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The vast majority of hospitalized COVID-19 patients show lung damage 6 weeks after discharge, but this proportion drops significantly after 12 weeks, suggesting that the lungs have a self-repair mechanism, researchers report.
“We know from other lung studies that lungs have the potential to recover from inflammation,” said investigator Sabina Sahanic, MD, a clinical PhD student at University Clinic in Innsbruck, Austria. “Specialists knew we’d have to wait some weeks to clarify this and estimate how good the resolution is. And we are very happy to see a good resolution.”
The 86-patient preliminary analysis — believed to be the first prospective study tracking lung and heart outcomes in COVID-19 patients — also showed that shortness of breath is the most common symptom 6 weeks after discharge, affecting 47% of patients, followed by coughing, affecting 15%. At 12 weeks, only 39% of patients were still experiencing shortness of breath, but 15% were still coughing.
“The 12-week timeline is particularly important because in many other lung diseases at this time point, we can estimate resolution or recovery,” Sahanic told Medscape Medical News.
But “we have no definition here of what is long-term,” she said. “We are really early in the pandemic phase, at 3 months, and we do not know how long diseased lungs [from COVID-19] will react to other infections.”
“There are some uncertainties remaining, of course,” added Sahanic, who presented the findings at the virtual European Respiratory Society (ERS) International Congress 2020.
She and her team wanted to analyze persistent pulmonary impairment after COVID-19 infection in part because 30% of survivors of the SARS outbreak in 2002/03 experienced such lingering effects. Their research is ongoing, and they expect to gather 24-week postdischarge results from more than 150 patients.
The study participants — average age, 61 years; 65% men — were hospitalized for COVID-19 at three centers in Austria from late April to early June. Nearly half had a smoking history and 65% were overweight or obese. Average hospital stay was 13 days, 20% of patients were treated in an ICU, and 19% required mechanical ventilation.
Six and 12 weeks after discharge, participants underwent clinical exams, lung function tests, CT scanning of their lungs, echocardiograms, and blood tests to analyze oxygen and carbon dioxide levels.
Notably, CT scans at 6 weeks showed lung damage from inflammation and coronavirus-induced fluid accumulation — which shows up as “ground glass” patches — in 88% of patients. At 12 weeks, this measure dropped to 56%. The severity of overall lung damage dropped from 8 points on 6-week CT scans to 4 points on 12-week CT scans.
There was also improvement in lung function from 6-week to 12-week follow-up.
|Table. Participants Whose Lung Function Measures Were Less Than 80% of Normal at Follow-up|
|Measure||6 Weeks||12 Weeks|
|Forced expiratory volume in 1 second (FEV₁)||23%||21%|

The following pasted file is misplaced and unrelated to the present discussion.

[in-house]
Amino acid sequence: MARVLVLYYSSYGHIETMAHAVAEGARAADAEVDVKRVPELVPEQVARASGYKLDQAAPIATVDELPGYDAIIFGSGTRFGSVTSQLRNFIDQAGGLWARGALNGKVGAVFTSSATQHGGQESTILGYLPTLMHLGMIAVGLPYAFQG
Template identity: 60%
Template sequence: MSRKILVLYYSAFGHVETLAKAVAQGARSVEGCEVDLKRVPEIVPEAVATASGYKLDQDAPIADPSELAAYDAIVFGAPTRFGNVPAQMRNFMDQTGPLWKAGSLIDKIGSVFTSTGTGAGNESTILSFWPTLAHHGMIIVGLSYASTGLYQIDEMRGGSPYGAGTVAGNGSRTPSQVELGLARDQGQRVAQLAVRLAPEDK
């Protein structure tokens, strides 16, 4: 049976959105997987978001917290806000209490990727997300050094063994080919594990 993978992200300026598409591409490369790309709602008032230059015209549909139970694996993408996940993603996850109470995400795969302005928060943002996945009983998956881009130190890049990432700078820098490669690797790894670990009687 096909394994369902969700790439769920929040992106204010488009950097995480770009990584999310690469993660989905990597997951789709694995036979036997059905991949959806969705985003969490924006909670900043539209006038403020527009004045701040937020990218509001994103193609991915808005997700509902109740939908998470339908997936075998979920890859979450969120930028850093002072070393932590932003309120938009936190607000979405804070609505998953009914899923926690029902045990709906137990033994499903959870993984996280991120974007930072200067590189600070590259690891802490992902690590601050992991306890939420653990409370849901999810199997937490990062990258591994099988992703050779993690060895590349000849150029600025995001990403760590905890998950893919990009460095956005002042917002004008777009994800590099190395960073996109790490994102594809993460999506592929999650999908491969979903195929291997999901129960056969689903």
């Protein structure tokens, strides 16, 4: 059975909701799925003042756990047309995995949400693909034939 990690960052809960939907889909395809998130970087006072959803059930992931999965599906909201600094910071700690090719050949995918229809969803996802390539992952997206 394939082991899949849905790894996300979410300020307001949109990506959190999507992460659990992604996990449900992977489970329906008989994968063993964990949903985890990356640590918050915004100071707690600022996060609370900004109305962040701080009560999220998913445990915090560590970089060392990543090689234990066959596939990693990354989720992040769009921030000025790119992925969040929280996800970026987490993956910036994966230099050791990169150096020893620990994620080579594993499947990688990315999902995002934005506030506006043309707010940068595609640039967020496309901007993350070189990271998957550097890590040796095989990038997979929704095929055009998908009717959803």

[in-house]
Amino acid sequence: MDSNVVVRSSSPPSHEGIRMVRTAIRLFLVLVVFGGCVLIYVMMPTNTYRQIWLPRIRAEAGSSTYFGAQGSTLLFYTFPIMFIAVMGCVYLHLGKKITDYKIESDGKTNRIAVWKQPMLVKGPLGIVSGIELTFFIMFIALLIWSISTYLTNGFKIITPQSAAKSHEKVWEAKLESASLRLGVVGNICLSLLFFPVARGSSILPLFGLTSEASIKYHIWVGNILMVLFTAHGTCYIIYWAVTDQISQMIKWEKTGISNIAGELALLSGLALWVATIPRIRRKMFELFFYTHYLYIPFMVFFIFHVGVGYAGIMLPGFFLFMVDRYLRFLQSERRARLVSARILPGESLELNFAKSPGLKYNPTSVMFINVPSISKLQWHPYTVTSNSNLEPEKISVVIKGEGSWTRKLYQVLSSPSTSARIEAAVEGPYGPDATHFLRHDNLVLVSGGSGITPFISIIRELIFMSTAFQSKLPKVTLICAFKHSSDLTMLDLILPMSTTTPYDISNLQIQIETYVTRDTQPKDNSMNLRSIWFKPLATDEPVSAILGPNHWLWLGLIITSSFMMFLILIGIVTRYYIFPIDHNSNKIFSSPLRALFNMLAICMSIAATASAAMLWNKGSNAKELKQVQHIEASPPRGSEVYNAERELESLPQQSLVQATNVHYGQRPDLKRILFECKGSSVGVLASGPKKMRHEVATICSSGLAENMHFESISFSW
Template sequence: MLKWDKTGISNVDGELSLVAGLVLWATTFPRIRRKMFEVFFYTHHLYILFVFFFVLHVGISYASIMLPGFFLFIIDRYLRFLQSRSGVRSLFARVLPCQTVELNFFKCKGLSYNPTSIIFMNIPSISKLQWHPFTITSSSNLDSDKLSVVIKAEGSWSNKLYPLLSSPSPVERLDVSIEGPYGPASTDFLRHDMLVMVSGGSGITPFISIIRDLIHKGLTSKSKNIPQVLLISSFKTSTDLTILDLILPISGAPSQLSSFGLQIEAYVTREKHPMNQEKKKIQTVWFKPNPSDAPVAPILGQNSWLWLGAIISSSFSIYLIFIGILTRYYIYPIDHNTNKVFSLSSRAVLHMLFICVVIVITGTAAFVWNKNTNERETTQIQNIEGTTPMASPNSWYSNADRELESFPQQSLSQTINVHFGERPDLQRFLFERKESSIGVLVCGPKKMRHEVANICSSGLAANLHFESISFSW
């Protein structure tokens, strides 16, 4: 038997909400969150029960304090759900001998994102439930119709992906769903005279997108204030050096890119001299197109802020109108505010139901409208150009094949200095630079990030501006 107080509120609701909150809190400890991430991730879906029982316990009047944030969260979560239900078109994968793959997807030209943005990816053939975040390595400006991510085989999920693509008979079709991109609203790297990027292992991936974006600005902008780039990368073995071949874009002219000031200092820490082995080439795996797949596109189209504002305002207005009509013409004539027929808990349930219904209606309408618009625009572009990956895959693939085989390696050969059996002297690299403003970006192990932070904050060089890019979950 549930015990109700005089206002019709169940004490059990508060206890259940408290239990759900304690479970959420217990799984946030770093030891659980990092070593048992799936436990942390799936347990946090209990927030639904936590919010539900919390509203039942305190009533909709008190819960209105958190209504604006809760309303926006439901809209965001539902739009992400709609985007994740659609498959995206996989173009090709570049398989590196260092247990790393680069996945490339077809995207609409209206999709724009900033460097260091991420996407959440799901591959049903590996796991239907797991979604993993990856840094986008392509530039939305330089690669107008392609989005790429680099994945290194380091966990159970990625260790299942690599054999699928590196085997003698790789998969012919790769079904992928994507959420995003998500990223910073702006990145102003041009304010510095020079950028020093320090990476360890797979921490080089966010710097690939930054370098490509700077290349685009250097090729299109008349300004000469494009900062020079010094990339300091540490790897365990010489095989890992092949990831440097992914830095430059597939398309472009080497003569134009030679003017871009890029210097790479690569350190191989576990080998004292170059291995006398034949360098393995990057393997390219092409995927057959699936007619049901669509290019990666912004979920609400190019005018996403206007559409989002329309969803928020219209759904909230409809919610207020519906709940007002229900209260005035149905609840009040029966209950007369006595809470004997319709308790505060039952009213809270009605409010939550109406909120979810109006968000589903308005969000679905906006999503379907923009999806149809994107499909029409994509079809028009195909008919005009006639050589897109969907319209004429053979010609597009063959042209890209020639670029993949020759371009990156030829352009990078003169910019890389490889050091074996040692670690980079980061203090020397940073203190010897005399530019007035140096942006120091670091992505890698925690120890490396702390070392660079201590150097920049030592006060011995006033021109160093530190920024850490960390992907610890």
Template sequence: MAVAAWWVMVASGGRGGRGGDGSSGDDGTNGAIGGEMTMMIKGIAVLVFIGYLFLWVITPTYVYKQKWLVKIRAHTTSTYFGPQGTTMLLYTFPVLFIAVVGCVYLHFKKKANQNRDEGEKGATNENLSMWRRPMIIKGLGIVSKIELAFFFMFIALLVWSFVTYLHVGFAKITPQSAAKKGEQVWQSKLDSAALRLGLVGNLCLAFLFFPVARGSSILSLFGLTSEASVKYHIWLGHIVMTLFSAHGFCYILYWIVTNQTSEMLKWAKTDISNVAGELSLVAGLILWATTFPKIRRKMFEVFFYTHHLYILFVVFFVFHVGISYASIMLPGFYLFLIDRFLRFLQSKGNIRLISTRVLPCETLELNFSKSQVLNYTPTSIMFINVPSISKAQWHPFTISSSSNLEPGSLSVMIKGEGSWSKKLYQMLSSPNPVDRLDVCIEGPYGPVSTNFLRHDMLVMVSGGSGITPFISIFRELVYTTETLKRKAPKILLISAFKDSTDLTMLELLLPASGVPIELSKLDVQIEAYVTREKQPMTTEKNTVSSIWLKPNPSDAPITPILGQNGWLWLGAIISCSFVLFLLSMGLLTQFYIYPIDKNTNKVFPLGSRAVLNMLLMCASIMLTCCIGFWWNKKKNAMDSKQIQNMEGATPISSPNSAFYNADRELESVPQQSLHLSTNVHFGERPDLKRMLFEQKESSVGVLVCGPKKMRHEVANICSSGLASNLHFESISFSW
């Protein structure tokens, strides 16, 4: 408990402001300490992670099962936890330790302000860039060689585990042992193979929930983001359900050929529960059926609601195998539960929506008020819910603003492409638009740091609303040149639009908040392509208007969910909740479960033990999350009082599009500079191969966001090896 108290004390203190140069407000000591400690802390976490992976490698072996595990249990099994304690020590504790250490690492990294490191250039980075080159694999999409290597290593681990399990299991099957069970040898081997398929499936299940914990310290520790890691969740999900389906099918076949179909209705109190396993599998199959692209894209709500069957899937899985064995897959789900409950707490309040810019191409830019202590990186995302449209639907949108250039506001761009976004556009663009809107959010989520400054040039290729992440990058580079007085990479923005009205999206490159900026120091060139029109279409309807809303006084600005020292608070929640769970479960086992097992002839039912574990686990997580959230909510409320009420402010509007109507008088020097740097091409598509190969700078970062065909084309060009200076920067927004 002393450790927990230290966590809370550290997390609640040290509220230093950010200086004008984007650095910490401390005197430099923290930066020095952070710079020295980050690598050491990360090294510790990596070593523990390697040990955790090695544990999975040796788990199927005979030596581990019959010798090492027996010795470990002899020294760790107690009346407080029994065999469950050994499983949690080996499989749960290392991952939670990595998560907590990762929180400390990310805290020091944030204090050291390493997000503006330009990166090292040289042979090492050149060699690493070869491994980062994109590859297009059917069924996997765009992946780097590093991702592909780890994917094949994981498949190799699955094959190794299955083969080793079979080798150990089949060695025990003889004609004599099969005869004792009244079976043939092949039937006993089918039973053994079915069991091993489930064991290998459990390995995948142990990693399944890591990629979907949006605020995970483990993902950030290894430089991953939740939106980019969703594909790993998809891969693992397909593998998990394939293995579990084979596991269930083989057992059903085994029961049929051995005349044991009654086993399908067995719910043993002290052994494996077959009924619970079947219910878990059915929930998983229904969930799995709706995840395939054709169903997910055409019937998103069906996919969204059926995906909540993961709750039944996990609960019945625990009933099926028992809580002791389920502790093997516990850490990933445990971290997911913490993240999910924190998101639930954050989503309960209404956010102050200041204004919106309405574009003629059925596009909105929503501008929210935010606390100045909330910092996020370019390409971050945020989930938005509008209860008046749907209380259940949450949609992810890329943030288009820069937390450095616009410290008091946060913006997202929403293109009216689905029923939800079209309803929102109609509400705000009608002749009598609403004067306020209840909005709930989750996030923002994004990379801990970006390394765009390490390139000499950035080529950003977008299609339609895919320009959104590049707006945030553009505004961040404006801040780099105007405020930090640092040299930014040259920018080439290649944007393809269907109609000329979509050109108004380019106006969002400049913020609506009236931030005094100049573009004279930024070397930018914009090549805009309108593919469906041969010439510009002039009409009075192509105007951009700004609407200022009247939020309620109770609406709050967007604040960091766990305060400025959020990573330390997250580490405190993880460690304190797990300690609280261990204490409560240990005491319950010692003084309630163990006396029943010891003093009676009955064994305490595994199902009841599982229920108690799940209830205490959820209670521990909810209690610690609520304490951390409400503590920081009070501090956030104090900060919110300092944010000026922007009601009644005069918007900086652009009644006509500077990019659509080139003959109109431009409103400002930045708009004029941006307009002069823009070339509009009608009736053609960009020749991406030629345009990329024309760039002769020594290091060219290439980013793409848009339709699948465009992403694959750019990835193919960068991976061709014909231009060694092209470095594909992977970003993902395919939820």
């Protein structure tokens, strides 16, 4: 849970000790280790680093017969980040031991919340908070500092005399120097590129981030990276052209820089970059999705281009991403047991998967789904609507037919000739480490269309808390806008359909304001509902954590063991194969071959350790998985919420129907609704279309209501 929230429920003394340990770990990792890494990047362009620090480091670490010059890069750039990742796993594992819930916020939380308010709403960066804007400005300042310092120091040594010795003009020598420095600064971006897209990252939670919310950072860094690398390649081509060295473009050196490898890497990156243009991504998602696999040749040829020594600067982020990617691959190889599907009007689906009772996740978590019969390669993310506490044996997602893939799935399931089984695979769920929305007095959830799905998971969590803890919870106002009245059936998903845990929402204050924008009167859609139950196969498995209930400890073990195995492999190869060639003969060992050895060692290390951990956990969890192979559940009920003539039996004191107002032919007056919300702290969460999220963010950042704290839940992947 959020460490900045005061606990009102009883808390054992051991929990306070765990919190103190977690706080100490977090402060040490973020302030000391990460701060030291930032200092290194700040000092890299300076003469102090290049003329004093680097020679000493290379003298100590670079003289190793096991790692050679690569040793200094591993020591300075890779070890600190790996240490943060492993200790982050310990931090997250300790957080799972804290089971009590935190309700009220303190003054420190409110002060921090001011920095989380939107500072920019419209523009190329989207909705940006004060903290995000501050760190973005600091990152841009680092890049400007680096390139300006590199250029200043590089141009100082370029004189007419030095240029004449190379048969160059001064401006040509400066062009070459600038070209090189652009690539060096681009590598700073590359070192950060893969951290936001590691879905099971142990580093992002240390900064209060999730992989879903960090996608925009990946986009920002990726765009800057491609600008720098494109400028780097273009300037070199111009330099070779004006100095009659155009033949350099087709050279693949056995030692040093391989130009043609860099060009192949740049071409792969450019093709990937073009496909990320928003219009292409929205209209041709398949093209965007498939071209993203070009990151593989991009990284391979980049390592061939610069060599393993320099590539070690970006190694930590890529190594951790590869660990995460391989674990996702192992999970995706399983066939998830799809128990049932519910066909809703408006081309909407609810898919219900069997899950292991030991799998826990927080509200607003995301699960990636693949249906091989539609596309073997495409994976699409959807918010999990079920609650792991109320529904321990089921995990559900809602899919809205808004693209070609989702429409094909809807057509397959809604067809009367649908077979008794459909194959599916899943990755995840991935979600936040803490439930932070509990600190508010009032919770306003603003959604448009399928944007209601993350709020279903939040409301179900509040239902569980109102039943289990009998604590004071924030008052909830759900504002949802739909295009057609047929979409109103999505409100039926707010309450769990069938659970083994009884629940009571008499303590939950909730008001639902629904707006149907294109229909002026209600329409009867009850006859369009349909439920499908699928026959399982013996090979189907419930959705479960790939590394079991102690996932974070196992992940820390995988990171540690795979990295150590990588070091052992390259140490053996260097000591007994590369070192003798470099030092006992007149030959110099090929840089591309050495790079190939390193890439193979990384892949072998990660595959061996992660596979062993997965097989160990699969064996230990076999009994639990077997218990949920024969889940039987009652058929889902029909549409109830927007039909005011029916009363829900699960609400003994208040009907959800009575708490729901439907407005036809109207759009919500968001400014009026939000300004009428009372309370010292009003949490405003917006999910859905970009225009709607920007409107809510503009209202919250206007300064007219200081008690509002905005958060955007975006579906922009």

|Forced vital capacity (FVC)||28%||19%|
|Diffusing capacity of the lungs for carbon monoxide (DLCO)||33%||22%|
No signs of progressive pulmonary fibrosis were observed in any participants, Sahanic reported.
However, the link between COVID-19 and heart damage was less obvious on follow-up testing. Although serum NT-proBNP, D-dimer, and ferritin levels were clearly elevated, echocardiograms, which showed ventricular diastolic dysfunction in nearly 60% of patients, did not prove the damage caused specifically by coronavirus, she said.
Instead, heart dysfunction could be due to overall COVID-19 disease. Many recovering ICU patients exhibit overall diastolic insufficiency, Sahanic noted.
“There is relief that our patients do not suffer severe virus-related heart disease,” she said, adding that larger trials are needed to establish the frequency of COVID-related organ damage.
These findings drive home the need to implement structured follow-up care for COVID-19 patients, researchers say. Understanding the long-term lung effects might also prompt clinicians to treat symptoms and any lung damage earlier in the disease course, and could shape how they counsel patients.
“If GPs or specialists find a pneumonia, they can give good perspective to the patient,” said coinvestigator Judith Löffler-Ragg, MD, also from University Clinic in Innsbruck.
“We still have to wait to see what happens with residual lung lesions, but we have preliminary data showing that there is resolution of so-called damage,” she told Medscape Medical News.
She acknowledged, though, that the research was limited by the small patient cohort.
Still, the study’s prospective approach is a particular strength, because few studies have tracked COVID-19 patients in this manner, said ERS President Thierry Troosters, PhD, from Katholieke Universiteit Leuven in Flanders, Belgium.
“When a new disease occurs, it is important to map out the short- and longer-term consequences of the condition. In the case of SARS-CoV2, a new lung disease with significant impact on other organ systems, that is all the more important,” he told Medscape Medical News.
“The cohort is still small,” he added, but gradually, clinicians will “get better insight into the natural history of the infection and the long-term consequences for patients.”
“It is not very surprising that a significant pulmonary insult has long-lasting consequences in many patients,” Troosters said. “It is good to see, and reassuring, that in many patients there was an avenue to improvement.”
Sahanic, Löffler-Ragg, and Troosters disclosed no relevant financial relationships.
European Respiratory Society (ERS) International Congress 2020: Abstract OA4143. Presented September 7, 2020.